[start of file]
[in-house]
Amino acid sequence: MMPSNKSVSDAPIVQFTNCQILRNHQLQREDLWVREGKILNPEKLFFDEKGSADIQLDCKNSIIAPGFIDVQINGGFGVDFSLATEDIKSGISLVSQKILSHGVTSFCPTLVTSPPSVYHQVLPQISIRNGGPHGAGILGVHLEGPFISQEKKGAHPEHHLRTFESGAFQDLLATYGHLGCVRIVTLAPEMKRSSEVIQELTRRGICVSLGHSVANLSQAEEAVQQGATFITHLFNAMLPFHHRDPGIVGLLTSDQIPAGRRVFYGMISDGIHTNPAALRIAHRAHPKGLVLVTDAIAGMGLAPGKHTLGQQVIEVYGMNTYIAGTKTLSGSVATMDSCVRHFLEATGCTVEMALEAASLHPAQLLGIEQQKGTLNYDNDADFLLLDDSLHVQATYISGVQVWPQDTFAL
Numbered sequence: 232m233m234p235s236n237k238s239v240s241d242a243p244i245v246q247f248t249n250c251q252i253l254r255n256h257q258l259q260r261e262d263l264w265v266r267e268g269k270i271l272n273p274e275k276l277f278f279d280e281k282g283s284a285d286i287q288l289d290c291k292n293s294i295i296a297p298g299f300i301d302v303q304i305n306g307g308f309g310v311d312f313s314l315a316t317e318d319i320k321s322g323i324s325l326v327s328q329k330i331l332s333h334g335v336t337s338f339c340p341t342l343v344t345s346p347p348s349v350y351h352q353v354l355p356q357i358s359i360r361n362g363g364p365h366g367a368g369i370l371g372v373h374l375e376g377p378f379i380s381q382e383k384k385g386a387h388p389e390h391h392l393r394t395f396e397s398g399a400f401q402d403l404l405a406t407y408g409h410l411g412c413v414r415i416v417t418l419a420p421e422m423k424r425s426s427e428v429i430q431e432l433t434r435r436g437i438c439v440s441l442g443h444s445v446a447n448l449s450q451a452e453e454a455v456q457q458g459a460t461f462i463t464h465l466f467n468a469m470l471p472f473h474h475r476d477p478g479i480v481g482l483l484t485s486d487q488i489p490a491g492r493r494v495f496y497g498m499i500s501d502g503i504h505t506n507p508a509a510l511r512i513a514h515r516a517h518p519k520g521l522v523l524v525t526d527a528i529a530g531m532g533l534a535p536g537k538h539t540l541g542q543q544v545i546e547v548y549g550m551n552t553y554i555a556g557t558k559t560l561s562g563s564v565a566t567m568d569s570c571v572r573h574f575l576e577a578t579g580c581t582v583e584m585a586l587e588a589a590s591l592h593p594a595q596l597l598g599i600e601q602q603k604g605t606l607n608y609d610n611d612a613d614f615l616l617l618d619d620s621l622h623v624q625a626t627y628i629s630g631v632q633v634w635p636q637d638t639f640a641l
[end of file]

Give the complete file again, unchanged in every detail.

[in-house]
Amino acid sequence: MMPSNKSVSDAPIVQFTNCQILRNHQLQREDLWVREGKILNPEKLFFDEKGSADIQLDCKNSIIAPGFIDVQINGGFGVDFSLATEDIKSGISLVSQKILSHGVTSFCPTLVTSPPSVYHQVLPQISIRNGGPHGAGILGVHLEGPFISQEKKGAHPEHHLRTFESGAFQDLLATYGHLGCVRIVTLAPEMKRSSEVIQELTRRGICVSLGHSVANLSQAEEAVQQGATFITHLFNAMLPFHHRDPGIVGLLTSDQIPAGRRVFYGMISDGIHTNPAALRIAHRAHPKGLVLVTDAIAGMGLAPGKHTLGQQVIEVYGMNTYIAGTKTLSGSVATMDSCVRHFLEATGCTVEMALEAASLHPAQLLGIEQQKGTLNYDNDADFLLLDDSLHVQATYISGVQVWPQDTFAL
Numbered sequence: 232m233m234p235s236n237k238s239v240s241d242a243p244i245v246q247f248t249n250c251q252i253l254r255n256h257q258l259q260r261e262d263l264w265v266r267e268g269k270i271l272n273p274e275k276l277f278f279d280e281k282g283s284a285d286i287q288l289d290c291k292n293s294i295i296a297p298g299f300i301d302v303q304i305n306g307g308f309g310v311d312f313s314l315a316t317e318d319i320k321s322g323i324s325l326v327s328q329k330i331l332s333h334g335v336t337s338f339c340p341t342l343v344t345s346p347p348s349v350y351h352q353v354l355p356q357i358s359i360r361n362g363g364p365h366g367a368g369i370l371g372v373h374l375e376g377p378f379i380s381q382e383k384k385g386a387h388p389e390h391h392l393r394t395f396e397s398g399a400f401q402d403l404l405a406t407y408g409h410l411g412c413v414r415i416v417t418l419a420p421e422m423k424r425s426s427e428v429i430q431e432l433t434r435r436g437i438c439v440s441l442g443h444s445v446a447n448l449s450q451a452e453e454a455v456q457q458g459a460t461f462i463t464h465l466f467n468a469m470l471p472f473h474h475r476d477p478g479i480v481g482l483l484t485s486d487q488i489p490a491g492r493r494v495f496y497g498m499i500s501d502g503i504h505t506n507p508a509a510l511r512i513a514h515r516a517h518p519k520g521l522v523l524v525t526d527a528i529a530g531m532g533l534a535p536g537k538h539t540l541g542q543q544v545i546e547v548y549g550m551n552t553y554i555a556g557t558k559t560l561s562g563s564v565a566t567m568d569s570c571v572r573h574f575l576e577a578t579g580c581t582v583e584m585a586l587e588a589a590s591l592h593p594a595q596l597l598g599i600e601q602q603k604g605t606l607n608y609d610n611d612a613d614f615l616l617l618d619d620s621l622h623v624q625a626t627y628i629s630g631v632q633v634w635p636q637d638t639f640a641l